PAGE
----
Holiday Debt: The Real Problem With Fulfilling Kids' Wishlists

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Kids opening Christmas gifts
Are we sending our kids the wrong message?

"Tis the season to be broke," my friend Lily jokes. We're sitting at a overcrowded Starbucks in the mall with paper bags from our holiday shopping clustered around our legs. She's bouncing her 11-month-old on her knee and her second, a little 4-year-old boy rummages through the packages.

She's a great mom and I know she means well. For other parents like her, the holidays mean presents — lots and lots of them. And oftentimes, the only means they have of scoring those deep discounts is by elbowing through crowds of equally desperate parents at the mall from the kick-off of the shopping season, Black Friday, right up until Christmas Eve. But a shocking new study really quantifies the lengths moms and dads will go to make their kids happy: 57 percent of parents are willingly take on credit card debt to make their children happy for the holidays.

What's even crazier is that the survey indicates that parents who made less money were willing to spend more on the holidays. Parents with a household income of $35,000 or less were willing to accrue $700 in holiday debt for their kids. Meanwhile, parents with a household income of $75,000 or more were only willing to take on $300 of debt. We have to wonder, is that really teaching kids the right morals?

YourTango Expert and mom Tara Kennedy Klein herself admits to being guilty of overspending on the holidays when her kids were younger. She says that she kicked the habit when she realized how parents don't spend as nearly as much money as they do time with their kids and that's what counts.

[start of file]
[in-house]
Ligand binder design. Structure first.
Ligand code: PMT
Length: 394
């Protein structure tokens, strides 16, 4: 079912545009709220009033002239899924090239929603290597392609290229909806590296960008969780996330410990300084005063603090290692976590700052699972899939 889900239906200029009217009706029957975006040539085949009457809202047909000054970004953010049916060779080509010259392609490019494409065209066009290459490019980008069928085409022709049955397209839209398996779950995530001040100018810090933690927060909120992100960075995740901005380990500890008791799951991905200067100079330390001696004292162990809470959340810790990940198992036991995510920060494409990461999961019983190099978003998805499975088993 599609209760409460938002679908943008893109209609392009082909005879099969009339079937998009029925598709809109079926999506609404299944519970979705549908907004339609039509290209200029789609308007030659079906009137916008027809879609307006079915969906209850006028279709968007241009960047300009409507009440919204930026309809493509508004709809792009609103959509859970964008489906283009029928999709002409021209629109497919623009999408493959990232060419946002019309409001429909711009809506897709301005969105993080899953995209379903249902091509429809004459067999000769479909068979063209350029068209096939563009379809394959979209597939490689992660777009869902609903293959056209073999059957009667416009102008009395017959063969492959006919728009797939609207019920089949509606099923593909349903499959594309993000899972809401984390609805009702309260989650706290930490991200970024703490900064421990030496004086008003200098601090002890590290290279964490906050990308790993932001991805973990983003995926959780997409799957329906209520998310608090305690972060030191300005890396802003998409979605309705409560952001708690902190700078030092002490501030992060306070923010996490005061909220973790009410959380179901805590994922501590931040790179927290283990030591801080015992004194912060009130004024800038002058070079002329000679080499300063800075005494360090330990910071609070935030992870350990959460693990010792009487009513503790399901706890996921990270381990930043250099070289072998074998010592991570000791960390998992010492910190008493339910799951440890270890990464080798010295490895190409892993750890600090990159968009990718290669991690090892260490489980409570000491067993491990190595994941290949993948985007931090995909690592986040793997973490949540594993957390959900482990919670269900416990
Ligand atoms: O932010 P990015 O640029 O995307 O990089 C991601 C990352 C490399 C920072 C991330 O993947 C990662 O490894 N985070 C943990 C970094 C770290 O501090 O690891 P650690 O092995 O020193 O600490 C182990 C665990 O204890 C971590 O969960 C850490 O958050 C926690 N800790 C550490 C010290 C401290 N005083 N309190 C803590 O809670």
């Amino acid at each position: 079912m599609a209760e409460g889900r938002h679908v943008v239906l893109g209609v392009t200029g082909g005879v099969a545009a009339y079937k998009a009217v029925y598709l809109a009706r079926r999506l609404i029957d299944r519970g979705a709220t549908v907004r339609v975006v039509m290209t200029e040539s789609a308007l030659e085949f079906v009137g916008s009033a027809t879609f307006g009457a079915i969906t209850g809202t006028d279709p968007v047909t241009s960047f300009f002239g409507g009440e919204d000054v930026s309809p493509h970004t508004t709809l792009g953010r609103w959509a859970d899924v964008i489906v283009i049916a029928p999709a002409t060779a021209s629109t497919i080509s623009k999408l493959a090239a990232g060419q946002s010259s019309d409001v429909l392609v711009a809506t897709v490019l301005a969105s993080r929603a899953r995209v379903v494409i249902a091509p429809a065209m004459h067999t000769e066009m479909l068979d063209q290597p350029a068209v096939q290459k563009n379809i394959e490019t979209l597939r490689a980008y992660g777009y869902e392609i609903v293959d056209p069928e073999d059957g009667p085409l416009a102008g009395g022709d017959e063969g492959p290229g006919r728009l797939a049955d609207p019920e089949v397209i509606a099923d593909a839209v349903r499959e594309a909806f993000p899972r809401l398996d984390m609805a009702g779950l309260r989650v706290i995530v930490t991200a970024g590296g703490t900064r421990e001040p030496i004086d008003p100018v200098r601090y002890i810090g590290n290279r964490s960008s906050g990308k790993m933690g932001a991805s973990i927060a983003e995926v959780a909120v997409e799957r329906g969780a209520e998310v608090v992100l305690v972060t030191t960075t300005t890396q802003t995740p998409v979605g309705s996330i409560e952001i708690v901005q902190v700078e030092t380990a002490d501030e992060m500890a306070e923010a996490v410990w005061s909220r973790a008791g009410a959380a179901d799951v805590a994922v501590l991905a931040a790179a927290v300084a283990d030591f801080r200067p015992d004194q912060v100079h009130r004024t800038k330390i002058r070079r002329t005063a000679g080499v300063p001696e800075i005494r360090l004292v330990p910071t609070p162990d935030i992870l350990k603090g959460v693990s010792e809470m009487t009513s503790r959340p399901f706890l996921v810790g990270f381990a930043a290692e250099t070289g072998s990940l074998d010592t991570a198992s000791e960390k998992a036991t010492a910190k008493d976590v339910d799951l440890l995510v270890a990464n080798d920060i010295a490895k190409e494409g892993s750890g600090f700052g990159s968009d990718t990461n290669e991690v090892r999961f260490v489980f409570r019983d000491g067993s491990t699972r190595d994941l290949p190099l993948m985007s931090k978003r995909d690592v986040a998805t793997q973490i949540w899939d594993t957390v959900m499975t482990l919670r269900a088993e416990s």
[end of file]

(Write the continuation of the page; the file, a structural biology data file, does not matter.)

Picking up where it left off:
"If parents would take more than the average seven minutes a day to have reciprocal, face-to-face conversations with their children, they may find that what kids today really want is more quality time with their parents!" she says. "Making our child truly happy at the holidays could be as simple as spending the entire day doing something they love, going to a movie, having lunch together, hiking or going to a zoo."

After all, "time is money" It's easier to ask your child what new video game or pair of shoes they want than spend hours getting to know their interests.

Obviously, families aren't likely to let their kids know the financial burden the holidays have on them. But Kennedy Klein says that by fulfilling each and every hope on our kids' wishlists, "we are sending our kids the message that love can be bought and material objects are more valuable than real connection."

She has one question to leave with parents this time of year: "So I would ask that 57 percent: if you're truly willing to go into debt for your child's happiness, wouldn't it be fiscally more responsible to spend the time finding out if your investment is paying off for your kid or just paying off your conscience?"

What do you think? Do you normally go into debt during the holidays to complete your childrens' wishlists? Tell us in the comments below.

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